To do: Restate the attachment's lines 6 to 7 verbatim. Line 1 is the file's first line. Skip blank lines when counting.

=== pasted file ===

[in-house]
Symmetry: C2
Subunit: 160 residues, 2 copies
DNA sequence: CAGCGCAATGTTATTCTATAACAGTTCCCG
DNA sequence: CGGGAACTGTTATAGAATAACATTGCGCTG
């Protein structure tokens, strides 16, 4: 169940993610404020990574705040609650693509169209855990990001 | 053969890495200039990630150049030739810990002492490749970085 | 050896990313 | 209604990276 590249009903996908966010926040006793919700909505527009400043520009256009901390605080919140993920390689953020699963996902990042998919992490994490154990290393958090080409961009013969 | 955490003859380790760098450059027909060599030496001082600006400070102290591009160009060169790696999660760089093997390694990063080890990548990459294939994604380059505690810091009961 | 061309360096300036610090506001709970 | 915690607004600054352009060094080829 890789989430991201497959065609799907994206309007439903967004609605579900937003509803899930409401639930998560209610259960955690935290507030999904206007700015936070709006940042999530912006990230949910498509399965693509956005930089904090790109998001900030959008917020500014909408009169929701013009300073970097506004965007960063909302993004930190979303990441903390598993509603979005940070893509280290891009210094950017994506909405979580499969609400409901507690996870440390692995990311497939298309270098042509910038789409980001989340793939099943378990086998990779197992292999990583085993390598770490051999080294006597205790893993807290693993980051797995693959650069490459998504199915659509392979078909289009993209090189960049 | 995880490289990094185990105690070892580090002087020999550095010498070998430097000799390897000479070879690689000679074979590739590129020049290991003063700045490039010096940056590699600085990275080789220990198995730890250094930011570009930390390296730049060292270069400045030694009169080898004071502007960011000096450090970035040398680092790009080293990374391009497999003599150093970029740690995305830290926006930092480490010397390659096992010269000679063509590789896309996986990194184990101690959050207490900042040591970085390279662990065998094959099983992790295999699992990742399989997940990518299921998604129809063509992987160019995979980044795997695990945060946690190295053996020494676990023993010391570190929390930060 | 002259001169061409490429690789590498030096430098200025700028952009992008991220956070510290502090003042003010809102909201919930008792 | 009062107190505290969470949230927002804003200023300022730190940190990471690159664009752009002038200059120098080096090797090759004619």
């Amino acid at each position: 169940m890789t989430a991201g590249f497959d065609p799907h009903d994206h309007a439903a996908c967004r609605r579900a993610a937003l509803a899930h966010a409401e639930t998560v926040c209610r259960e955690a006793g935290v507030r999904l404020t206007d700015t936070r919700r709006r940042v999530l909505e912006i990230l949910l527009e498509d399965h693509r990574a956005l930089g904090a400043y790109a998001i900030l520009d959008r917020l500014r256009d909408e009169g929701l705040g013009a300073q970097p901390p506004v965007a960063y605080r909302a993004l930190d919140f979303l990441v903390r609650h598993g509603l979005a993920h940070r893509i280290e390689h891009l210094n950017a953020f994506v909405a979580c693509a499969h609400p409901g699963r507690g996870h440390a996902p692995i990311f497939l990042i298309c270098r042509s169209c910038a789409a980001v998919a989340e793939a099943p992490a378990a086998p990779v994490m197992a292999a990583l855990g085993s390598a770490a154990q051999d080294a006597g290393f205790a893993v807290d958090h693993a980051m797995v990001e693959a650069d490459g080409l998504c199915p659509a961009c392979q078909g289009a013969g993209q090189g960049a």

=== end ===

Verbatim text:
């Protein structure tokens, strides 16, 4: 169940993610404020990574705040609650693509169209855990990001 | 053969890495200039990630150049030739810990002492490749970085 | 050896990313 | 209604990276 590249009903996908966010926040006793919700909505527009400043520009256009901390605080919140993920390689953020699963996902990042998919992490994490154990290393958090080409961009013969 | 955490003859380790760098450059027909060599030496001082600006400070102290591009160009060169790696999660760089093997390694990063080890990548990459294939994604380059505690810091009961 | 061309360096300036610090506001709970 | 915690607004600054352009060094080829 890789989430991201497959065609799907994206309007439903967004609605579900937003509803899930409401639930998560209610259960955690935290507030999904206007700015936070709006940042999530912006990230949910498509399965693509956005930089904090790109998001900030959008917020500014909408009169929701013009300073970097506004965007960063909302993004930190979303990441903390598993509603979005940070893509280290891009210094950017994506909405979580499969609400409901507690996870440390692995990311497939298309270098042509910038789409980001989340793939099943378990086998990779197992292999990583085993390598770490051999080294006597205790893993807290693993980051797995693959650069490459998504199915659509392979078909289009993209090189960049 | 995880490289990094185990105690070892580090002087020999550095010498070998430097000799390897000479070879690689000679074979590739590129020049290991003063700045490039010096940056590699600085990275080789220990198995730890250094930011570009930390390296730049060292270069400045030694009169080898004071502007960011000096450090970035040398680092790009080293990374391009497999003599150093970029740690995305830290926006930092480490010397390659096992010269000679063509590789896309996986990194184990101690959050207490900042040591970085390279662990065998094959099983992790295999699992990742399989997940990518299921998604129809063509992987160019995979980044795997695990945060946690190295053996020494676990023993010391570190929390930060 | 002259001169061409490429690789590498030096430098200025700028952009992008991220956070510290502090003042003010809102909201919930008792 | 009062107190505290969470949230927002804003200023300022730190940190990471690159664009752009002038200059120098080096090797090759004619």
């Amino acid at each position: 169940m890789t989430a991201g590249f497959d065609p799907h009903d994206h309007a439903a996908c967004r609605r579900a993610a937003l509803a899930h966010a409401e639930t998560v926040c209610r259960e955690a006793g935290v507030r999904l404020t206007d700015t936070r919700r709006r940042v999530l909505e912006i990230l949910l527009e498509d399965h693509r990574a956005l930089g904090a400043y790109a998001i900030l520009d959008r917020l500014r256009d909408e009169g929701l705040g013009a300073q970097p901390p506004v965007a960063y605080r909302a993004l930190d919140f979303l990441v903390r609650h598993g509603l979005a993920h940070r893509i280290e390689h891009l210094n950017a953020f994506v909405a979580c693509a499969h609400p409901g699963r507690g996870h440390a996902p692995i990311f497939l990042i298309c270098r042509s169209c910038a789409a980001v998919a989340e793939a099943p992490a378990a086998p990779v994490m197992a292999a990583l855990g085993s390598a770490a154990q051999d080294a006597g290393f205790a893993v807290d958090h693993a980051m797995v990001e693959a650069d490459g080409l998504c199915p659509a961009c392979q078909g289009a013969g993209q090189g960049a």